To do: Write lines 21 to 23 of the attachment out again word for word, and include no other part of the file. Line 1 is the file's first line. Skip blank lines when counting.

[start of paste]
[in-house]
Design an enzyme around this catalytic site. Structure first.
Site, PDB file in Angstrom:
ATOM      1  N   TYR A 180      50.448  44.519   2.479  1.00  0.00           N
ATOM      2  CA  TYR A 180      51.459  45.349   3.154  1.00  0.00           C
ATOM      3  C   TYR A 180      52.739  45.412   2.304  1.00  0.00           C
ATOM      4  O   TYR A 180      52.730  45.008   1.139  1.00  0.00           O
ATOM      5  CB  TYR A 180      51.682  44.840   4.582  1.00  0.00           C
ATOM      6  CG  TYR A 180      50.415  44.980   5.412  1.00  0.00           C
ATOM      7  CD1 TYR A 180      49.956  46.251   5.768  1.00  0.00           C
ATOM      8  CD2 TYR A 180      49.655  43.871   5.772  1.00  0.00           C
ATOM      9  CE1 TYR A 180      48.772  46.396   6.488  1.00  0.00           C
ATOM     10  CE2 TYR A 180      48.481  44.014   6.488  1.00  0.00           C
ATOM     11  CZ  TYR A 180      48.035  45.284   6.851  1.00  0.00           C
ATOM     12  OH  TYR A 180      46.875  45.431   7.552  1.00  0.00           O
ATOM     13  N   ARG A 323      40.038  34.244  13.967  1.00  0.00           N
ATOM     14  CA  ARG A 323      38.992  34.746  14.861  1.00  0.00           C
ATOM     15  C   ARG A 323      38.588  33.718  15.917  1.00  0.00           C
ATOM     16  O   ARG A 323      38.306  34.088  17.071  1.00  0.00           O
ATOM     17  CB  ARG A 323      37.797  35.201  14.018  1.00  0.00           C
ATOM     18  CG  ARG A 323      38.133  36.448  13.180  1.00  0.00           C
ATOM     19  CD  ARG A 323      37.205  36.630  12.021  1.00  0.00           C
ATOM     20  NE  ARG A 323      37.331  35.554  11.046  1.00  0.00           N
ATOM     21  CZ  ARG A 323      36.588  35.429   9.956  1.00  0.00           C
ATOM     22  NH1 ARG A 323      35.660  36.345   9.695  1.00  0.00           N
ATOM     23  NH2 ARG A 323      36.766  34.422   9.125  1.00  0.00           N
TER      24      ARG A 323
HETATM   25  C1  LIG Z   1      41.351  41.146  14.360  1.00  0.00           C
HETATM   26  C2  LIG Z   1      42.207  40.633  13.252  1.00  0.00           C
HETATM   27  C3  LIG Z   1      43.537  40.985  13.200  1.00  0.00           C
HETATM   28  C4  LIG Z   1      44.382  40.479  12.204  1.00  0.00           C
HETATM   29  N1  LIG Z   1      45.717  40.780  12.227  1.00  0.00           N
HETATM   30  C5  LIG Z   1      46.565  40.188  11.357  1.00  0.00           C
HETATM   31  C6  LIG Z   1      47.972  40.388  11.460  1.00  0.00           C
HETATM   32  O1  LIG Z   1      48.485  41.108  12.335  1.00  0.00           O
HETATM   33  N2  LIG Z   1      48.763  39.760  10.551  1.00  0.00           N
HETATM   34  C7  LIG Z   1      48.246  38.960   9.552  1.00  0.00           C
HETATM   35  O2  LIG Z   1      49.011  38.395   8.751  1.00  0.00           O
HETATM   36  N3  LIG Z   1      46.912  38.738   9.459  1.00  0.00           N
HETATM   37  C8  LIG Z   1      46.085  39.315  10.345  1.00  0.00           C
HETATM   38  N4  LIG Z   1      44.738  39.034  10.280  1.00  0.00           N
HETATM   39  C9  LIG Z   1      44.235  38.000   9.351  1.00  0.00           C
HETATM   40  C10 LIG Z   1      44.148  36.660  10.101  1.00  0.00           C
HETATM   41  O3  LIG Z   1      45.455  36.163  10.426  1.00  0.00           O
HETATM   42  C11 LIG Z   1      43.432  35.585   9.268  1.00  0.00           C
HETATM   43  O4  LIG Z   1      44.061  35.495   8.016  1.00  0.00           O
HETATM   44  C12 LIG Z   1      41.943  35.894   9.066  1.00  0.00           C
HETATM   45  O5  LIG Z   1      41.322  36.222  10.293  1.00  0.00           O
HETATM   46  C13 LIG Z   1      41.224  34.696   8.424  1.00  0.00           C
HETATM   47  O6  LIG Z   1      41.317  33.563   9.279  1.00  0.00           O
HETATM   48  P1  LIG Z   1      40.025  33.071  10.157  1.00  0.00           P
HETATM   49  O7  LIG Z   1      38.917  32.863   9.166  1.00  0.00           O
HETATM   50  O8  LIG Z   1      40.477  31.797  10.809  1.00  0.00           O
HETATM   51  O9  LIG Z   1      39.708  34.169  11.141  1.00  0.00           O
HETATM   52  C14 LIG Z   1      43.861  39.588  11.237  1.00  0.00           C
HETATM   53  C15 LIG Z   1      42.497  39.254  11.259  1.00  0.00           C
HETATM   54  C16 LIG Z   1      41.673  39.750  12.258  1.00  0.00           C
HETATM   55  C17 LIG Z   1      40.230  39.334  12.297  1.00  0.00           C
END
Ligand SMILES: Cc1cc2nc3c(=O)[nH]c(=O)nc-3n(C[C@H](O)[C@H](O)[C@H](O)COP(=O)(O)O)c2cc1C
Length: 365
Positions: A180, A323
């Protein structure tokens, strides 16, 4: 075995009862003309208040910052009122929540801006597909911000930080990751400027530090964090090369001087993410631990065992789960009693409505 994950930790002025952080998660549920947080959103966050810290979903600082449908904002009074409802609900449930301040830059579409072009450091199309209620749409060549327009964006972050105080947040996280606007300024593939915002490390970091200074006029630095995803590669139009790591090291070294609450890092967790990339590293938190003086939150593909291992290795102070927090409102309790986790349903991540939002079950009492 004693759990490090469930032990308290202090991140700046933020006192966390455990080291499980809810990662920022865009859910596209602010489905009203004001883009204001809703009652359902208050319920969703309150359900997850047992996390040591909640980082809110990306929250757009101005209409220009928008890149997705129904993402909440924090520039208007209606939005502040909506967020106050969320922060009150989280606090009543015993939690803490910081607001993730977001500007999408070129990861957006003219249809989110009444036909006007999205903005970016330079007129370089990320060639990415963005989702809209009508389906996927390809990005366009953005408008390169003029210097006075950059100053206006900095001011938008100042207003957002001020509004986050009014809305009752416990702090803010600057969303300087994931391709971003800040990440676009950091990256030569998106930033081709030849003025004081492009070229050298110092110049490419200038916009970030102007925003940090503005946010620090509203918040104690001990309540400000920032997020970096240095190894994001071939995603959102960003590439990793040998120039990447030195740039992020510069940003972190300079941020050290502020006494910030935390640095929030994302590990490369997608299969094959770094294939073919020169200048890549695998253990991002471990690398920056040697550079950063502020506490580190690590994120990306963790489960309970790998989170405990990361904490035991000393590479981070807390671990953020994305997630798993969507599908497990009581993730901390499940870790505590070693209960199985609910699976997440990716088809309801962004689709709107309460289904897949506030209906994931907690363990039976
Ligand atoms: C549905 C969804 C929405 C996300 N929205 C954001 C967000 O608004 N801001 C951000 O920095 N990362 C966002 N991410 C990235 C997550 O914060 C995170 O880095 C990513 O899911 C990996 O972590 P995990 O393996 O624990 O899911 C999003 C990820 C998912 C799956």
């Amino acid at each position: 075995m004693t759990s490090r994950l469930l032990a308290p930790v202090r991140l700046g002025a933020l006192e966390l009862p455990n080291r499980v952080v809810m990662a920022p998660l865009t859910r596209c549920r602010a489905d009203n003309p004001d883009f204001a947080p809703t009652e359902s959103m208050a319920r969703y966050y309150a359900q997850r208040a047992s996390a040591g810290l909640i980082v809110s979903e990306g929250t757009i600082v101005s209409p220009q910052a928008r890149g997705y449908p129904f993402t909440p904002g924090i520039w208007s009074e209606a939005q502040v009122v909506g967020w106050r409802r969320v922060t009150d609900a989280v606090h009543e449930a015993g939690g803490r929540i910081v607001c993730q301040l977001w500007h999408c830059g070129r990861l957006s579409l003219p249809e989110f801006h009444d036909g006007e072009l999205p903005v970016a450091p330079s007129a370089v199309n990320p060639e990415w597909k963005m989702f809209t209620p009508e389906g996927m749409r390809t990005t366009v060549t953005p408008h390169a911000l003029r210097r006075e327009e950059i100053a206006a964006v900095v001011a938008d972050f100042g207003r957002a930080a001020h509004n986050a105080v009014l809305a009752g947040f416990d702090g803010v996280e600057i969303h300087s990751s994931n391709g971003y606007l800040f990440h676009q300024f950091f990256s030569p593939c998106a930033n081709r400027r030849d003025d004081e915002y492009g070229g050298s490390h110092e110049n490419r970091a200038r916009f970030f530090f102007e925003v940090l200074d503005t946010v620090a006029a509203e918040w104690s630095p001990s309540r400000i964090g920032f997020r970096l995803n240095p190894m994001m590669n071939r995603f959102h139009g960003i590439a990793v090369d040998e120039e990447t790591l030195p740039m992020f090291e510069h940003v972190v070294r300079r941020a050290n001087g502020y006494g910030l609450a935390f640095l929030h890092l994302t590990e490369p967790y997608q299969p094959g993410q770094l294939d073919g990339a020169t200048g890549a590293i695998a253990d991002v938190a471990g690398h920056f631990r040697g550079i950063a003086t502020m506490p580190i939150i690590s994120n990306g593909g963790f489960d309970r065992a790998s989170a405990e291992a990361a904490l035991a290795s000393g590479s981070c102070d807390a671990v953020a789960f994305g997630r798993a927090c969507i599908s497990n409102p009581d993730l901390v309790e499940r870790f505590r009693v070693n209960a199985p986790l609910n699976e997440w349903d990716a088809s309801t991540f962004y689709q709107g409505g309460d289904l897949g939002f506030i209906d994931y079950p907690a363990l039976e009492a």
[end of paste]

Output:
ATOM     18  CG  ARG A 323      38.133  36.448  13.180  1.00  0.00           C
ATOM     19  CD  ARG A 323      37.205  36.630  12.021  1.00  0.00           C
ATOM     20  NE  ARG A 323      37.331  35.554  11.046  1.00  0.00           N